Solidarity with the people of Lebanon in the midst of the country’s ongoing economic collapse has been among the priorities for CNEWA’s regional office in Beirut, where staff has been assessing the local needs and securing food supplies, as an increasing number of people slide into poverty.
CNEWA has distributed $460,000 to its Beirut office to provide food packages to 7,050 families in need. Twelve CNEWA partners in Lebanon will help to implement the food distribution program in Beirut and surrounding areas from April to July.
“The situation is very heavy — morally, psychologically, financially and socially,” said Michel Constantin, CNEWA’s regional director.
“We feel that now, more than ever, our mission is clear,” he continued. “In these difficult times, CNEWA’s presence and role are crucial for the church and for the people of Lebanon. We need to act quickly, to respond to all the rising catastrophes and sufferings.”
Anti-government protests have erupted in cities and towns across Lebanon in recent weeks, as political authorities seem deadlocked in their efforts to form a government and Lebanon’s currency continues its spiral to an all-time low.
Catholic Church leaders, including Maronite Patriarch Bechara Boutros Rai and the Melkite Greek Catholic bishops, led by Patriarch Youssef Absi, have called on political authorities to exercise their responsibilities and to act swiftly in forming a government.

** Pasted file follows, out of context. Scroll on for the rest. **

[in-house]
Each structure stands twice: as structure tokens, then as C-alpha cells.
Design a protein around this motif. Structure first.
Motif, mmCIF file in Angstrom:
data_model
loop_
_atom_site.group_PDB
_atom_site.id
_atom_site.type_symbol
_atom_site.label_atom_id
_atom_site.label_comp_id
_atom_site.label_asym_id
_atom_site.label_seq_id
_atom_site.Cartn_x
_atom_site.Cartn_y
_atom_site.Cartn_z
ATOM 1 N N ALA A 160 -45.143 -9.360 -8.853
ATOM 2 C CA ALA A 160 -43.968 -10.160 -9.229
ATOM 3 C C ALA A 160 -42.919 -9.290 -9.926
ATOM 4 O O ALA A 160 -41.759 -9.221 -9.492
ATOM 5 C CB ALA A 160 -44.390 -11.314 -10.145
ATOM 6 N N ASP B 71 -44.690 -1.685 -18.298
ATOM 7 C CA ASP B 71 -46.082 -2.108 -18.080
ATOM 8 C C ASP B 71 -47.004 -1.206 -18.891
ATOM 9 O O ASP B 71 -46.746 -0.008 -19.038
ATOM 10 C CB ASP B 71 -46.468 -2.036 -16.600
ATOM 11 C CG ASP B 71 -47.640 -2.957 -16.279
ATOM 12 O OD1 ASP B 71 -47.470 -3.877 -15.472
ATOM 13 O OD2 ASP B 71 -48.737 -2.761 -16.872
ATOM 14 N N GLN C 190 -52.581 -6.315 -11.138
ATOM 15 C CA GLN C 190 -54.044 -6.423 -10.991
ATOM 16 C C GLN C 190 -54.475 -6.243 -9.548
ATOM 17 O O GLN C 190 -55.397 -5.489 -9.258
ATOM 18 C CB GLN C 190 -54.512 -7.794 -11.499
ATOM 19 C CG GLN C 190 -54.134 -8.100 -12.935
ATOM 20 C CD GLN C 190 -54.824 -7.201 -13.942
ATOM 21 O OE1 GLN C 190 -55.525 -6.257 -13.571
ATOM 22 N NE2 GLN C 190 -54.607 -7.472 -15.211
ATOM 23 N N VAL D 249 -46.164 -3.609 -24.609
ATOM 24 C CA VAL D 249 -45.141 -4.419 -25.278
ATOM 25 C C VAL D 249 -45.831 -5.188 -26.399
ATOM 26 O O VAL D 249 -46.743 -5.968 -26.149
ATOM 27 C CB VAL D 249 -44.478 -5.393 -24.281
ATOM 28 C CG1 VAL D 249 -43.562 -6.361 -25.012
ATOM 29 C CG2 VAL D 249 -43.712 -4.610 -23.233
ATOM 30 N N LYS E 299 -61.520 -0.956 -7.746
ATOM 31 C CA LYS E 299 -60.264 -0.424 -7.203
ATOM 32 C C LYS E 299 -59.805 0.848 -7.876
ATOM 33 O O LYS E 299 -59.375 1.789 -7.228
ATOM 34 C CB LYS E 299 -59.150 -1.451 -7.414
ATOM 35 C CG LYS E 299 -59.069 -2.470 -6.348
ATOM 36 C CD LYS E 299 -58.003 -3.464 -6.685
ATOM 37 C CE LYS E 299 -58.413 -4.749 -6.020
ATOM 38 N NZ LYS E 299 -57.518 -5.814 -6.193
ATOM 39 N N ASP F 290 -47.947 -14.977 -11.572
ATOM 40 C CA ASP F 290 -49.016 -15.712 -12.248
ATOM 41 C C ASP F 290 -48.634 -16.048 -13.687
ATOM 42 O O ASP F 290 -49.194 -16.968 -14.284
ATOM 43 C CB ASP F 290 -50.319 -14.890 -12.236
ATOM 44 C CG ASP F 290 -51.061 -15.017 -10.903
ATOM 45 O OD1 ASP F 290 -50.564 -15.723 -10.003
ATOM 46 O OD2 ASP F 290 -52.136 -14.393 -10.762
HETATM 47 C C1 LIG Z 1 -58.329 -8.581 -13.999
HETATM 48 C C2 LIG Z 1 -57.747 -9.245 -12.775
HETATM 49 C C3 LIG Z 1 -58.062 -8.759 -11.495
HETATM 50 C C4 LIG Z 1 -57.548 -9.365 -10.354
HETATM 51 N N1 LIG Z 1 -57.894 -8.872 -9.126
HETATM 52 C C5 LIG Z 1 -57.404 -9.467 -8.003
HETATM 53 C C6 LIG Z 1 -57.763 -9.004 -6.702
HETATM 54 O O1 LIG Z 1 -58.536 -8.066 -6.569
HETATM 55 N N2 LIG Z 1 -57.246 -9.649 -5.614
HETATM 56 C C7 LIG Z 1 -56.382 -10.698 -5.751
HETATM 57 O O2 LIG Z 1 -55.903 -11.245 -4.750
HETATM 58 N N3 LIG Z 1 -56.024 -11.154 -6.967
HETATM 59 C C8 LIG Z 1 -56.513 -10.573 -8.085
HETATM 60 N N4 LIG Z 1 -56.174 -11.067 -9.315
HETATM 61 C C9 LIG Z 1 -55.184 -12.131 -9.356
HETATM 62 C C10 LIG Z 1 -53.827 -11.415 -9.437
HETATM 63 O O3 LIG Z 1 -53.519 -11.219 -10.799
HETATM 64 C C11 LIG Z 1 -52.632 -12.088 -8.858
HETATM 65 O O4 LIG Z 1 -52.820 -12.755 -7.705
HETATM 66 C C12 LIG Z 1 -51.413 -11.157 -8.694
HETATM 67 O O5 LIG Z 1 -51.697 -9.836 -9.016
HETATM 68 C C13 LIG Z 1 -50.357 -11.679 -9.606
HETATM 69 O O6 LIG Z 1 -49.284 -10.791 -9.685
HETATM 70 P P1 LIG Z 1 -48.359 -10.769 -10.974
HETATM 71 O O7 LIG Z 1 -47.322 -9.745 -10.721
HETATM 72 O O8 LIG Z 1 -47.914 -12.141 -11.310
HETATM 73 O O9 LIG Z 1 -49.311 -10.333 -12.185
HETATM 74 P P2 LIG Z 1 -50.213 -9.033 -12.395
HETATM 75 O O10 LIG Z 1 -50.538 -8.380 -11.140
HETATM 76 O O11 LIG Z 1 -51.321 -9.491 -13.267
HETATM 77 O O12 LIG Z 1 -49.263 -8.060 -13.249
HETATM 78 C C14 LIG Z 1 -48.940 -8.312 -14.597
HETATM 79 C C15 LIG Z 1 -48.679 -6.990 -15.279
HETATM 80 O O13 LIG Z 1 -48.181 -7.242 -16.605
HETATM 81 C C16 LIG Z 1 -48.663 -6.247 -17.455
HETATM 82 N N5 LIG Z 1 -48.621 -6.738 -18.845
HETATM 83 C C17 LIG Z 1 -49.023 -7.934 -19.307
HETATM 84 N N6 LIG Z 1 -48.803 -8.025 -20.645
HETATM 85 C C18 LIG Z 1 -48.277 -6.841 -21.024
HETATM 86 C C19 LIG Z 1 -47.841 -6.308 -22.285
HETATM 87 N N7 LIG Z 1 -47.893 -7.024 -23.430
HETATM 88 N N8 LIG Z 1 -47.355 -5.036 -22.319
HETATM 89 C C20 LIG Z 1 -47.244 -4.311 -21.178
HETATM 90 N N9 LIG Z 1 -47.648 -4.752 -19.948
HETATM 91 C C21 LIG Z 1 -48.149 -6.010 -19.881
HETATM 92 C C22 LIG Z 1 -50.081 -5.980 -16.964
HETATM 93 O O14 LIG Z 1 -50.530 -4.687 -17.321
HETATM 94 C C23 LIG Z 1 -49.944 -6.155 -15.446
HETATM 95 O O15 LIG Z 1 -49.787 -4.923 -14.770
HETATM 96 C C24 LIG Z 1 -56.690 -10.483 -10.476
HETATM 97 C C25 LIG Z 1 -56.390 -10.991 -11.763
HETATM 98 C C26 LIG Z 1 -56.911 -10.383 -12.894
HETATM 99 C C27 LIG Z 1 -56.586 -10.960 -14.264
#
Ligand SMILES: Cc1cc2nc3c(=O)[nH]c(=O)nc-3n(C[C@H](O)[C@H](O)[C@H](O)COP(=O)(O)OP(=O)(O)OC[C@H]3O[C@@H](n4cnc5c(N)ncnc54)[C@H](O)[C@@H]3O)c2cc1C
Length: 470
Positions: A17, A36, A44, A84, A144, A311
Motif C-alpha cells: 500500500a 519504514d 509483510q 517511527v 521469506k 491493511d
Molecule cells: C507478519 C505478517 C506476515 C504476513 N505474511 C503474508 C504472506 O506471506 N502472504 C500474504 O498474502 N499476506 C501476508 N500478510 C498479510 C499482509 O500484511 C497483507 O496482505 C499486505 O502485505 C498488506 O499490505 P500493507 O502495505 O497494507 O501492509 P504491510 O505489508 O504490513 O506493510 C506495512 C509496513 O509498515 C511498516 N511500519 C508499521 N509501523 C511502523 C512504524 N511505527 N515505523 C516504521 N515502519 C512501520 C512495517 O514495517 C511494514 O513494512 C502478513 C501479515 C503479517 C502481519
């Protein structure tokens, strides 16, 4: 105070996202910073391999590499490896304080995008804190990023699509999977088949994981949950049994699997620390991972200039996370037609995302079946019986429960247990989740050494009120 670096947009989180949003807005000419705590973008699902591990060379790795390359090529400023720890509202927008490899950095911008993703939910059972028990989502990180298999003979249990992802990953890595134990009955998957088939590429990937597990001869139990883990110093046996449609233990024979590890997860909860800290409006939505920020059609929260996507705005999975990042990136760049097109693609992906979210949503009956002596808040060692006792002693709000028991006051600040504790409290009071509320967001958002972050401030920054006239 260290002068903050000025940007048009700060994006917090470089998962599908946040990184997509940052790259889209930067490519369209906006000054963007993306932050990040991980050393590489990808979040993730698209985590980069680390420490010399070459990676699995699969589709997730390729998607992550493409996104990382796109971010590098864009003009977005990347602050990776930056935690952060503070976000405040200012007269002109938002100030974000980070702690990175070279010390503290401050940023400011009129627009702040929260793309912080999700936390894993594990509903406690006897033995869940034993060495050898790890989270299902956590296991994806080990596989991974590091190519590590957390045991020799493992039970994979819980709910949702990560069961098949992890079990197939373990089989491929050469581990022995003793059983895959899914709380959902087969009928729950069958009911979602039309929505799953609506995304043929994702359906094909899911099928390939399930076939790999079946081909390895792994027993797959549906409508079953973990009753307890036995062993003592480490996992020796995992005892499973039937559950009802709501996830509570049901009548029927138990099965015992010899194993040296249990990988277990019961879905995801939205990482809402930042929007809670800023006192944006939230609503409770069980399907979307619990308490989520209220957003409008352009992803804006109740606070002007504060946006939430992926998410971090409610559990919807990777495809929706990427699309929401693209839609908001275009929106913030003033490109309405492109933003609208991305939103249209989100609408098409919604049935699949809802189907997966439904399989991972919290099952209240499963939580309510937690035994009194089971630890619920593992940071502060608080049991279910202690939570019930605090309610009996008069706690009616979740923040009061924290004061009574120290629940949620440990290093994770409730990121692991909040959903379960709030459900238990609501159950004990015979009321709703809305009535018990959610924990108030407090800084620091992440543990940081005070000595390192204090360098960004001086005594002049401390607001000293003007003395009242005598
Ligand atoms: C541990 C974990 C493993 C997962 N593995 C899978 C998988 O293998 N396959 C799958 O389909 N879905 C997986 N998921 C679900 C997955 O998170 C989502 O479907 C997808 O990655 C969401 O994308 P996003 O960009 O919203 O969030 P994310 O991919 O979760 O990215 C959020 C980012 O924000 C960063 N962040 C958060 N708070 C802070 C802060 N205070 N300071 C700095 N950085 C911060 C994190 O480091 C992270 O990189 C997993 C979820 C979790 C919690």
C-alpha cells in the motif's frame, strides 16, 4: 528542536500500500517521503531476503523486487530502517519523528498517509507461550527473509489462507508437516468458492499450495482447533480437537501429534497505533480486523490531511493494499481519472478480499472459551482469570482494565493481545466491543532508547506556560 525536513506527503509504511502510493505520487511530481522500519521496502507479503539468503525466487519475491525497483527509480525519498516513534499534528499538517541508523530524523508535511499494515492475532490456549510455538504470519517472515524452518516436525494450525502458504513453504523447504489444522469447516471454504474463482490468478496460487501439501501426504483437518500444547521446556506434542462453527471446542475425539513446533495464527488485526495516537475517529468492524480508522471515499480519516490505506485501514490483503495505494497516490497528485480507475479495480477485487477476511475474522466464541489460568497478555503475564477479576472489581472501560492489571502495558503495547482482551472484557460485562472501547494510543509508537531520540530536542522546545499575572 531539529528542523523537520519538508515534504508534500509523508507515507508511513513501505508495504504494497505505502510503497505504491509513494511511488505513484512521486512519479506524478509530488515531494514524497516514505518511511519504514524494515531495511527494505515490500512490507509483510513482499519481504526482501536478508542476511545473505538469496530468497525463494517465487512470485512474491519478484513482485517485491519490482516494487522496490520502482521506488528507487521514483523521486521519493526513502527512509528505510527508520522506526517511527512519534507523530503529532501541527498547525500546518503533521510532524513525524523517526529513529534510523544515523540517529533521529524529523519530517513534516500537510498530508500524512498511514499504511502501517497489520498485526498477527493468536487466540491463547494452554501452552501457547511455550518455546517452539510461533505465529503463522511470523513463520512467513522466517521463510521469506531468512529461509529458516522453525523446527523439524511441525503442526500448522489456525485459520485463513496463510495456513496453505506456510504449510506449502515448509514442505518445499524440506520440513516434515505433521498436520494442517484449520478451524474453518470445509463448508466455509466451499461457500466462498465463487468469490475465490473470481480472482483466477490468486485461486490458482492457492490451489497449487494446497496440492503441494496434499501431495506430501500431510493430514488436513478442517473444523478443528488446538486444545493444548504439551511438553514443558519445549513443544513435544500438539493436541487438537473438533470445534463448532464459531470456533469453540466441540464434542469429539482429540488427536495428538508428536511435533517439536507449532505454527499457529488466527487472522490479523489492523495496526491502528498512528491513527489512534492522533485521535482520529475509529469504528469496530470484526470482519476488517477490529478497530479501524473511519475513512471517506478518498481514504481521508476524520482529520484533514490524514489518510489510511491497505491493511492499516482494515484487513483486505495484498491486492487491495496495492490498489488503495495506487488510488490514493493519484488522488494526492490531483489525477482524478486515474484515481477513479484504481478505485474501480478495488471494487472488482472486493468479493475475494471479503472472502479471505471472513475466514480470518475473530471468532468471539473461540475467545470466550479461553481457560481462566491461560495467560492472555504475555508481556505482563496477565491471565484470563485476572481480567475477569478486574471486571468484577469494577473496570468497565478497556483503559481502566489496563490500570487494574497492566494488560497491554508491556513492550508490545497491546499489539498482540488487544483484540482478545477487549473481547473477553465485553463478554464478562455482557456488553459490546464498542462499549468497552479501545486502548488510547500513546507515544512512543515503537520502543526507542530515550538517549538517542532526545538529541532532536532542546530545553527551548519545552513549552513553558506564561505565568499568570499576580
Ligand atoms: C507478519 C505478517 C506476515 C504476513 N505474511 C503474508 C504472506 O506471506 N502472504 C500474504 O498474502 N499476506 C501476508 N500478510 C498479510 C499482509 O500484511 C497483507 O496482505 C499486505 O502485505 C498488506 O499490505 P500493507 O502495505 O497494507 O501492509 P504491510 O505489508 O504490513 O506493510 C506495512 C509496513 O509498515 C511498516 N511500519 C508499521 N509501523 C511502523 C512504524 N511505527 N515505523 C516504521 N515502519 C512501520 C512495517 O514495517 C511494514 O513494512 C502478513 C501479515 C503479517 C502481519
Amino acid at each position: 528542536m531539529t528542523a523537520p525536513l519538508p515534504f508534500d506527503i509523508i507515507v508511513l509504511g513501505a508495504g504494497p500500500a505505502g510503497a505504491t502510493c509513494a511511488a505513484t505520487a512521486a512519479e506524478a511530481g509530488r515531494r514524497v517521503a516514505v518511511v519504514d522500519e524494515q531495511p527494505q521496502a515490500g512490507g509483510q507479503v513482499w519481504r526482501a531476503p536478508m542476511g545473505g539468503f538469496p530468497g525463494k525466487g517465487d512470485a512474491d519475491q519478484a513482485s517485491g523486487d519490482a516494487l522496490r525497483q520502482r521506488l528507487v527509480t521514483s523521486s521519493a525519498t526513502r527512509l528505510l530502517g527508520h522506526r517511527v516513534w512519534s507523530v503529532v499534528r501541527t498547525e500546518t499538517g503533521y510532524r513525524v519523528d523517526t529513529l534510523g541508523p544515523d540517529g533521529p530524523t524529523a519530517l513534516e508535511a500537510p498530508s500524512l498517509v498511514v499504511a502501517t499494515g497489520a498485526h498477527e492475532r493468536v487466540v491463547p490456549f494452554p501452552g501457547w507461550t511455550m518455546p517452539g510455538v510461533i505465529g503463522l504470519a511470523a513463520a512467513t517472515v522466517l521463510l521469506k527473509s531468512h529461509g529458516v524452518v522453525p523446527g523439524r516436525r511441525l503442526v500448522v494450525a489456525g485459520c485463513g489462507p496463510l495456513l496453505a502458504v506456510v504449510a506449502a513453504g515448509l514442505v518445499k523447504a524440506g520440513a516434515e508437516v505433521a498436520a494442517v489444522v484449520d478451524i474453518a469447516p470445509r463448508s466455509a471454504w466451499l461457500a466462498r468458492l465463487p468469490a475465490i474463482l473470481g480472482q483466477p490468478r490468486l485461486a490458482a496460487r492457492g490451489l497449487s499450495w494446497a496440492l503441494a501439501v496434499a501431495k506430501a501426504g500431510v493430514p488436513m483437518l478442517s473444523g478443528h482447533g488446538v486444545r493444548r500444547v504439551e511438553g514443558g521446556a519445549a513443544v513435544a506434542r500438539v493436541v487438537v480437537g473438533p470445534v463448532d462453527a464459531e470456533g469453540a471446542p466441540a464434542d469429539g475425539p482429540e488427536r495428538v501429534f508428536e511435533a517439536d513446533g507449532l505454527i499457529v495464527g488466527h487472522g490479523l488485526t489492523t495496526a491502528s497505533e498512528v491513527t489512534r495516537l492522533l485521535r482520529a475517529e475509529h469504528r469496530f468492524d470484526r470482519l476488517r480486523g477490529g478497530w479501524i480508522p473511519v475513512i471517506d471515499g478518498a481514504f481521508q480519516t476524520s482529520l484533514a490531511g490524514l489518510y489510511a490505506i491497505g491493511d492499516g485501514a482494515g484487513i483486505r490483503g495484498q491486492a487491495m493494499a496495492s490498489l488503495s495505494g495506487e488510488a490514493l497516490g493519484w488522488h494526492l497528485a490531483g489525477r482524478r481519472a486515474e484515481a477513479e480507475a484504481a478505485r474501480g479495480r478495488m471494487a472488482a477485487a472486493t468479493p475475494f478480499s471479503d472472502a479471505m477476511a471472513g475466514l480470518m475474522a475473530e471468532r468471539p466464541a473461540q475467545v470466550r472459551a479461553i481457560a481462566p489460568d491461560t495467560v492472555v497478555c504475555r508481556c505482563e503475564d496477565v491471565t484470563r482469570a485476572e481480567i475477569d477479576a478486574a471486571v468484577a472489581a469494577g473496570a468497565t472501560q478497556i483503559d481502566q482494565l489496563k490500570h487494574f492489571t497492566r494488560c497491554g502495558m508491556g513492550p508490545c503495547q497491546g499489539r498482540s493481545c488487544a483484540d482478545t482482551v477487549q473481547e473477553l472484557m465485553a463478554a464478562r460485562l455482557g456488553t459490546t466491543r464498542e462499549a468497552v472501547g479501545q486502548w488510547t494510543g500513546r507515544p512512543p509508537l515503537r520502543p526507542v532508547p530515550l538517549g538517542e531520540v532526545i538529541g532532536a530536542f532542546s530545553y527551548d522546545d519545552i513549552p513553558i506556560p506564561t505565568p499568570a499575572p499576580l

“Why don’t you form a government when the people are crying out from pain, starving from poverty and dying from disease?” Cardinal Rai asked in a homily on 24 January. “Why don’t you form a government when the country has entered into the final chapter of collapse? Don’t you fear God, the people and the court of conscience and history?”
Both patriarchs have also called for the Lebanese government to reaffirm Lebanon’s position of neutrality in its foreign policy, specifically in the geopolitical conflicts of the Middle East.
The patriarchs underlined the urgency of the situation, as the Lebanese people face growing poverty under the collapse of the Lebanese pound. Lebanon’s currency has lost about 85 percent of its value on the international market, leaving the country, which relies heavily on imports, in a precarious and vulnerable situation.
The unemployment rate has nearly quadrupled since 2019, to 40 percent, and 50 percent of the population is living below the poverty level, Mr. Constantin reported. In response, young, talented professionals are emigrating.
“Lebanon is currently losing its youth and its educated and well-qualified human resources,” said Mr. Constantin. “Doctors, medical staff, teachers, economists and other professionals are leaving the country in search for a better future abroad.
“The current financial and monetary crises are taking a heavy toll on all aspects of life — on hospitals, schools, universities, etc.,” including those operated by the Catholic Church and religious communities, he said.
“If this continues, Lebanon — which was once a country with a message of freedom and pluralism and, not long ago, a place for modernization, and a hub for medical and educational tourism — is endangered of collapsing, losing all its human resources and well-established heritage, and becoming a small, poor country with only an elderly population,” he added.
The timing of aid and action in this increasingly grave situation is crucial, said Mr. Constantin.
“Now is the time to help the church to come up with real, concrete strategies to preserve its long heritage,” he said, “including schools, hospitals, social institutions and, above all, its people.”
Laura Ieraci is the assistant editor of ONE.